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EDITOR’S TAKE: Beware the juniors prepared to work for zip

Earlier this year, we ran a survey on our Student Centre asking what students would be willing to compromise on to get a first banking job. 460 people responded; 33% of them said they’d be willing to work for nothing.

Given first year analysts (at top firms) were earning six figures not too long ago, that’s a big step down. It’s also an interesting indication of where pay for mid-ranking and junior bankers is heading.

Investment banking careers have always had a whiff of Ponzi about them. MBAs and graduates squeeze in at the bottom, work relentlessly, and hopefully emerge midway up the pyramid to retire early without joining the civil service. For the past few years, the pong of Ponzi has obscured by the immediacy of big rewards. It’s likely to be less nuanced in future.

All the indications are that low level banking pay is set to plummet. Associates and analyst hired over the past two to three years are now out of the market and desperate to get back in, whatever the price. A senior recruiter at one bank says he now has an “inbox full of people willing to work for free.”

At the same time, the supply of entry level bankers is building up behind a wall of MSc in finance courses which will begin crumbling at the end of this year. Having spent 20k+ to study these courses, who’s to say graduates won’t even be willing to pay banks for the privilege of getting some valuable experience. A whole new business model could be born.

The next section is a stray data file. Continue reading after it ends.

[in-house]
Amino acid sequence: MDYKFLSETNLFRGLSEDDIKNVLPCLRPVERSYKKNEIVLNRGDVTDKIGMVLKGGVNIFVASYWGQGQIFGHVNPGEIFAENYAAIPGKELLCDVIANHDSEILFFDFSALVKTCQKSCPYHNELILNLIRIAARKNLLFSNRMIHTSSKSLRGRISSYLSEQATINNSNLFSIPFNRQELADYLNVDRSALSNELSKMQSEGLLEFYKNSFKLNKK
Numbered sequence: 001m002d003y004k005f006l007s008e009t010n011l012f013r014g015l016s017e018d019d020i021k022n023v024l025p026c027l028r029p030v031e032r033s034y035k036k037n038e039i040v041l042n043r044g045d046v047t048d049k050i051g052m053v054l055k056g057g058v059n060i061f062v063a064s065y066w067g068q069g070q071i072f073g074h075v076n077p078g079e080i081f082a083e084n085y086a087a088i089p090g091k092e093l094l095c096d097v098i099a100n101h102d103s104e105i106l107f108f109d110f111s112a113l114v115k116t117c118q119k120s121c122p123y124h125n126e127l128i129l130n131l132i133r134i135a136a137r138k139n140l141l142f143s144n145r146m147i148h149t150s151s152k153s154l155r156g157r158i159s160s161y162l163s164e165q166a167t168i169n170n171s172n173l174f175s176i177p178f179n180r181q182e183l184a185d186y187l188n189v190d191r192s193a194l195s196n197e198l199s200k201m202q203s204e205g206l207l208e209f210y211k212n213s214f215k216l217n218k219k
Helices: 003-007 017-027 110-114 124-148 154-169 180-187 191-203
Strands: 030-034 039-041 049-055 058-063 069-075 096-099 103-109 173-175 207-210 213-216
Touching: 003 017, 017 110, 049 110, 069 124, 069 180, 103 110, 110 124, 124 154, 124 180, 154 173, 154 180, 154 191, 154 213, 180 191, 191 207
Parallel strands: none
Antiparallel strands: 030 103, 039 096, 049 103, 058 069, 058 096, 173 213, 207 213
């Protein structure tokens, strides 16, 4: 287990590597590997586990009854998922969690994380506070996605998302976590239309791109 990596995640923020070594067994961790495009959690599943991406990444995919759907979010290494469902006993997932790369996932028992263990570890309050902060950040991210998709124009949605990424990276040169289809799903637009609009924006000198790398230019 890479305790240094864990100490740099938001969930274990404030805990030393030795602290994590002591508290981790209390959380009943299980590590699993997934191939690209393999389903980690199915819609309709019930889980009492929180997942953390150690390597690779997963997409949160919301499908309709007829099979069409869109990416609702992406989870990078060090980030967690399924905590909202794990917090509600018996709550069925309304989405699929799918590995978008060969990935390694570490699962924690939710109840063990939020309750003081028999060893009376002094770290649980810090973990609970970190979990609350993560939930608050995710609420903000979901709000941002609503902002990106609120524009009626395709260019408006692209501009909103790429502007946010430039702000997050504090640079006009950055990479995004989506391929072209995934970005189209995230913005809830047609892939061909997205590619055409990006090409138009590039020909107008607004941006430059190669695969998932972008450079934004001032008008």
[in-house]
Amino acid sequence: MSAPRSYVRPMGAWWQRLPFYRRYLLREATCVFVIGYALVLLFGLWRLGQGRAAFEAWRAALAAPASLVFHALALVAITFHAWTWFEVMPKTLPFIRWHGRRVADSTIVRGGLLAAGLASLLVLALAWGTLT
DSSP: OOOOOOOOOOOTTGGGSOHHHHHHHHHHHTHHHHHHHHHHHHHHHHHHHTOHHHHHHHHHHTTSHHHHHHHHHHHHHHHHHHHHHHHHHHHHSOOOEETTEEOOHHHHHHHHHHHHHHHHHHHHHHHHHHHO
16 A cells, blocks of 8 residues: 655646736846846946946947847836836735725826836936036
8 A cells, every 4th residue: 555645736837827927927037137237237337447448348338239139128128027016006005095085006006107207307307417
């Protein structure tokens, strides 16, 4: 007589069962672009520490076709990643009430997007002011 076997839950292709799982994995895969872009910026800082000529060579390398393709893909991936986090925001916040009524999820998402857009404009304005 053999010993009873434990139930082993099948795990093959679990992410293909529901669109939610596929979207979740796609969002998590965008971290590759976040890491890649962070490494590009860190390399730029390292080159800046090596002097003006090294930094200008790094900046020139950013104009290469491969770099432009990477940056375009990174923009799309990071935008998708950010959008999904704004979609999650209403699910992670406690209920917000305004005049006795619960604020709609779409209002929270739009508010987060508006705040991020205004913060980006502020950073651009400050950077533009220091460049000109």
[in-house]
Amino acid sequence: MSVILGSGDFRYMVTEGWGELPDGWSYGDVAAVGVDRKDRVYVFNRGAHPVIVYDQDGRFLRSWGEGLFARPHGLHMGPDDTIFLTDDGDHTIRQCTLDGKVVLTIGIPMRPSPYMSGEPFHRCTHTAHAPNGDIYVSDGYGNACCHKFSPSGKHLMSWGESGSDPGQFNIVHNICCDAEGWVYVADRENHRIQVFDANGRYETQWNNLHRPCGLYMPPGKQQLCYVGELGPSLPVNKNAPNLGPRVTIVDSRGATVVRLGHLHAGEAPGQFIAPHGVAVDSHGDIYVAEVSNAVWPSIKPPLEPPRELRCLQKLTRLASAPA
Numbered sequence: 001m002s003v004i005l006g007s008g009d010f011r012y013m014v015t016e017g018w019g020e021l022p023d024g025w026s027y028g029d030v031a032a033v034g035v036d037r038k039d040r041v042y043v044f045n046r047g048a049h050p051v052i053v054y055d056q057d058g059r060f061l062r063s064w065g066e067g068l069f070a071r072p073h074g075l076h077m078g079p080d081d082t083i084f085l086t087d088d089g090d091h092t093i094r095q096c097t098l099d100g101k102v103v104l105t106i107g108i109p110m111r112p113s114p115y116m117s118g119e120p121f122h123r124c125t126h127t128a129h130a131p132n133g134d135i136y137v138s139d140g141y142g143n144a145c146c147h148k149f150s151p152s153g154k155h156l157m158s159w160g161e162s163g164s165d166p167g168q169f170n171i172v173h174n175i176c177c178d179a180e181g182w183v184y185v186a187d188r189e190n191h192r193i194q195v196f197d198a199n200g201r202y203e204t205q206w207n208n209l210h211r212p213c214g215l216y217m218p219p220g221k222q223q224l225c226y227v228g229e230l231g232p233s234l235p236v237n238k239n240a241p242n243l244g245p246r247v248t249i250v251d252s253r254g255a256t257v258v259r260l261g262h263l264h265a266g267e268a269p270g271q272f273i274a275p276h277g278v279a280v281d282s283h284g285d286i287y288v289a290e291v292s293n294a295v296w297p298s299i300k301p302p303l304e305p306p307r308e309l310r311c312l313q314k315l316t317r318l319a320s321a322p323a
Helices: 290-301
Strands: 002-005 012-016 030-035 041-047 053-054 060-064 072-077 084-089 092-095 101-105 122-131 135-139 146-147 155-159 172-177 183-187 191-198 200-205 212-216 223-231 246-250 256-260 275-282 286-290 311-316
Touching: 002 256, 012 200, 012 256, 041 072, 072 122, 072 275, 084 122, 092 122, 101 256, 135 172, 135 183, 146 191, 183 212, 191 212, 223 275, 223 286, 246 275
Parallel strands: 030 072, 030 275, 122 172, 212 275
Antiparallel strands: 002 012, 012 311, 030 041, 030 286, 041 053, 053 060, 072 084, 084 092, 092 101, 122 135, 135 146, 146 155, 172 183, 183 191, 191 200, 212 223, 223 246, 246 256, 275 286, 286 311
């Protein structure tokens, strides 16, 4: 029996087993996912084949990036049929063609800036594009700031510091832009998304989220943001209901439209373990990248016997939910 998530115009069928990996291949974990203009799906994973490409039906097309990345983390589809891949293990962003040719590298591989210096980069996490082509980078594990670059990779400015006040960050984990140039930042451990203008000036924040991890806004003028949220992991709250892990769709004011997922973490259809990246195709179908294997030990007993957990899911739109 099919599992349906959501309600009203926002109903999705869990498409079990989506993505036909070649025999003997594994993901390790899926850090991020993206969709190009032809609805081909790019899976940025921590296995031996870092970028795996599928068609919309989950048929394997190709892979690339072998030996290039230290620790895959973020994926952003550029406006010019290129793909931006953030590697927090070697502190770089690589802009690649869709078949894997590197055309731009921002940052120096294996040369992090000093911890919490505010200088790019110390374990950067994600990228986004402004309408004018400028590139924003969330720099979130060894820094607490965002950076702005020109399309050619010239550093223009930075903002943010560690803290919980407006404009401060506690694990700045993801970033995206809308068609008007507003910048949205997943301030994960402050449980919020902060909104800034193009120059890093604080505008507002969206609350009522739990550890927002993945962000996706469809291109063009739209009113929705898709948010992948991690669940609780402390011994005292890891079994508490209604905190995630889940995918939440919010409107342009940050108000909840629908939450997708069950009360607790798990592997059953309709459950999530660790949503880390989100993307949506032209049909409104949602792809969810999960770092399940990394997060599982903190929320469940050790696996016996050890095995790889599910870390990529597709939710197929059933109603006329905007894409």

Meanwhile, the top of the market looks relatively robust. Rainmakers bring revenue streams. Deutsche has poached a large proportion of Merrill’s US FIG team and boutiques like Moelis, Quattro and Evercore are picking up senior staff with the right high level connections.

The outcome looks will be an industry in which senior staff collect big payouts and junior and mid-ranking staff work unfeasibly hard for peanuts in the hope of becoming senior too. It may whiff of a Ponzi scheme, but in reality it’s more like a partnership structure. Investment banking is going back to its roots.

Comments (14)

  1. this is actually dangerous. no pay is a good way to gain some banking experience but the underlying culture of treating juniors as the lowest of the low will continue and seniors can still pocket huge payouts while others will be slaving for them, not havign a life, not sleeping. most importantly, juniors who don’t get paid can get fired easily, not really get any well-rounded experience and have to explain why he/she is in the market looking for a job again. best suggestion would be to offer to work for free in the first 2-3 months but sign a contract where you’d get a salary at market rate after that

  2. I understand actuaries and lawyers get paid very little prior to qualification (at least 3y for actuaries and 2y for lawyers). Maybe if investment banking moves to a regulated industry, it could follow this example. After all, there is a lot to be said about the value of experience. The number of mistakes I have seem juniors make is incredible. (Of course, higher ups make horrible mistakes too but maybe we should get rid of them instead.) But I think zero is a little harsh (much like the situation in investment banking right now).